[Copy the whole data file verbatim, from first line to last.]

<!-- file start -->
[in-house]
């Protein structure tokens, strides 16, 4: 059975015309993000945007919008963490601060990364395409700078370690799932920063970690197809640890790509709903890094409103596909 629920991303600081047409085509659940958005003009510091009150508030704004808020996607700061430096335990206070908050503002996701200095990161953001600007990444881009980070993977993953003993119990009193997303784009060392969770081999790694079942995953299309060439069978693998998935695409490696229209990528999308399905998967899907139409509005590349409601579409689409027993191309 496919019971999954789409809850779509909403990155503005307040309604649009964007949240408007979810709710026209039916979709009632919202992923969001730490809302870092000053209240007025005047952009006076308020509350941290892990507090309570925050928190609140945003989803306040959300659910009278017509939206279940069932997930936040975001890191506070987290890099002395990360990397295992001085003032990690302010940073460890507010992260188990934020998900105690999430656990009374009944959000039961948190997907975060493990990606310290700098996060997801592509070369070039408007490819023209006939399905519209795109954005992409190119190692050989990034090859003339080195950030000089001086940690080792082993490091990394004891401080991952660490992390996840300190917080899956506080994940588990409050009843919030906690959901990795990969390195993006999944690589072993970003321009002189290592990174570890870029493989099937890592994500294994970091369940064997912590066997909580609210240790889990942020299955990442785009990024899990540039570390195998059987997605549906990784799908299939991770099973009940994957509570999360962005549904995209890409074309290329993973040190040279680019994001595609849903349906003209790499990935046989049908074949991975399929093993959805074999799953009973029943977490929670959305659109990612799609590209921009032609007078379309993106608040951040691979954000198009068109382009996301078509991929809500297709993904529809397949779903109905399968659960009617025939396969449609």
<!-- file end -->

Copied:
[in-house]
């Protein structure tokens, strides 16, 4: 059975015309993000945007919008963490601060990364395409700078370690799932920063970690197809640890790509709903890094409103596909 629920991303600081047409085509659940958005003009510091009150508030704004808020996607700061430096335990206070908050503002996701200095990161953001600007990444881009980070993977993953003993119990009193997303784009060392969770081999790694079942995953299309060439069978693998998935695409490696229209990528999308399905998967899907139409509005590349409601579409689409027993191309 496919019971999954789409809850779509909403990155503005307040309604649009964007949240408007979810709710026209039916979709009632919202992923969001730490809302870092000053209240007025005047952009006076308020509350941290892990507090309570925050928190609140945003989803306040959300659910009278017509939206279940069932997930936040975001890191506070987290890099002395990360990397295992001085003032990690302010940073460890507010992260188990934020998900105690999430656990009374009944959000039961948190997907975060493990990606310290700098996060997801592509070369070039408007490819023209006939399905519209795109954005992409190119190692050989990034090859003339080195950030000089001086940690080792082993490091990394004891401080991952660490992390996840300190917080899956506080994940588990409050009843919030906690959901990795990969390195993006999944690589072993970003321009002189290592990174570890870029493989099937890592994500294994970091369940064997912590066997909580609210240790889990942020299955990442785009990024899990540039570390195998059987997605549906990784799908299939991770099973009940994957509570999360962005549904995209890409074309290329993973040190040279680019994001595609849903349906003209790499990935046989049908074949991975399929093993959805074999799953009973029943977490929670959305659109990612799609590209921009032609007078379309993106608040951040691979954000198009068109382009996301078509991929809500297709993904529809397949779903109905399968659960009617025939396969449609």